Arnold Genthe
[Photographer, b. 1869, Berlin, Germany, d. 1942, New York.]

 The tremendous development of the camera in recent years has been remarkable. Now almost anyone can take pictures, and most of them are doing it. But it is rather like giving a 6-year-old a pistol. (1937) 
 I was determined to show people a new kind of photography: there would be no stilted poses; as a matter of fact, no poses at all. I would try to take my sitters unawares, at a moment when they would not realize that the camera was ready. I would show them prints in which a uniform sharpness would be avoided and emphasis laid on portraying a person’s character instead of making a commonplace record of clothes and a photographic mask. 
 ...I went back to my studio to get a camera. The one thought uppermost in my mind was not to bring some of my possessions to a place of safety but to make photographs of the scenes I had been witnessing, the effects of the earthquake and the beginning of the conflagration that had started in various parts of the city. I found that my hand cameras had been so damaged by the falling plaster as to be rendered useless. I went to Montgomery Street to the shop of George Kahn, my dealer, and asked him to lend me a camera. “Take anything you want. This place is going to burn up anyway.” (On photographing the San Francisco earthquake of 1906)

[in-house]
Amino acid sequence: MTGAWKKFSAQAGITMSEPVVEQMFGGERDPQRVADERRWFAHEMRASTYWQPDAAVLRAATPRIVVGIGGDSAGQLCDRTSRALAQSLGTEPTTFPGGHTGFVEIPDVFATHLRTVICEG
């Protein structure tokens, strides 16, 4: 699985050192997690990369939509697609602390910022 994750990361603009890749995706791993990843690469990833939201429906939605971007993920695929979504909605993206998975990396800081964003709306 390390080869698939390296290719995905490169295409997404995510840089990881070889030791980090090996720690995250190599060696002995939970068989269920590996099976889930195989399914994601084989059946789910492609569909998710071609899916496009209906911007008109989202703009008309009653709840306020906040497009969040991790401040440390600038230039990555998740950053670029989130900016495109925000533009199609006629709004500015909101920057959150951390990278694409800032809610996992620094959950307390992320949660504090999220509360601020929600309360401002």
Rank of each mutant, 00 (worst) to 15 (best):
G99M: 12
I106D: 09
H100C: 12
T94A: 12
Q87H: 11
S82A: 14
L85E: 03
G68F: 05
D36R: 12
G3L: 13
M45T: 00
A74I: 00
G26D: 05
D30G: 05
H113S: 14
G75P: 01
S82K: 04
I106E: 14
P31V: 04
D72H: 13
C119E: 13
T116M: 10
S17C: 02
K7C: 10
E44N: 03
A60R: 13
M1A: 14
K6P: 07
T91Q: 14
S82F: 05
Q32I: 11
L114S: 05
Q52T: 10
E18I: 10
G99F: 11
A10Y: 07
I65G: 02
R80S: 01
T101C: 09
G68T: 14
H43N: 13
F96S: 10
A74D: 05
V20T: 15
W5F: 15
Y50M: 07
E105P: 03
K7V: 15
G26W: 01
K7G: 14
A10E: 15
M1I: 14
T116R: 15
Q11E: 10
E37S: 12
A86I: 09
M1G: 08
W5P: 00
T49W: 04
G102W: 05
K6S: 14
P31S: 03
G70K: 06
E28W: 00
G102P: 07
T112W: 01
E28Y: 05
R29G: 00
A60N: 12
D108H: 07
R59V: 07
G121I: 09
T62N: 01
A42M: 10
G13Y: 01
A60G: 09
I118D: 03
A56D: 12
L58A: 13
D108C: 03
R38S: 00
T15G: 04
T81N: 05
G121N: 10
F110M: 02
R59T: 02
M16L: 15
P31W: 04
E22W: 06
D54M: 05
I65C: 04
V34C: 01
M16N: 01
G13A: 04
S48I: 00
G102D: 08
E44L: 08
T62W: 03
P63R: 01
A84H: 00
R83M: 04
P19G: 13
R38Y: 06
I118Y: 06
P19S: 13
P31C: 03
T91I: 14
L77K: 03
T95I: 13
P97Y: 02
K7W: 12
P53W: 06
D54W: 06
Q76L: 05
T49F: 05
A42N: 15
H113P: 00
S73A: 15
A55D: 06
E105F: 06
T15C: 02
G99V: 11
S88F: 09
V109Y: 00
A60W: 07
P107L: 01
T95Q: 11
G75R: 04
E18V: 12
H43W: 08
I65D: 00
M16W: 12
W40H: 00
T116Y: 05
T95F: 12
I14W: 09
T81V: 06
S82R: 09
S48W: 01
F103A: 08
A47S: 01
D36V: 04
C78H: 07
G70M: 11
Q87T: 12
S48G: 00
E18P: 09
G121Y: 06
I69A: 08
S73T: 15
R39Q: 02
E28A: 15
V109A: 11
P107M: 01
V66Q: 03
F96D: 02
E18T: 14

Of the pictures I had made during the fire, there are several, I believe, that will be of lasting interest. There is particularly the one scene that I recorded the morning of the first day of the fire which shows, in a pictorially effective composition, the results of the earthquake, the beginning of the fire and the attitude of the people. On the right is a house, the front of which had collapsed into the street. The occupants are sitting on chairs calmly watching the approach of the fire. Groups of people are standing in the street, motionless, gazing at the clouds of smoke. When the fire crept up close, they would just move up a block. It is hard to believe that such a scene actually occurred in the way the photograph represents it. Several people upon seeing it have exclaimed, “Oh, is that a still from a Cecil De Mille picture?” To which the answer has been, “No, the director of this scene was the Lord himself.” (On photographing the San Francisco earthquake of 1906)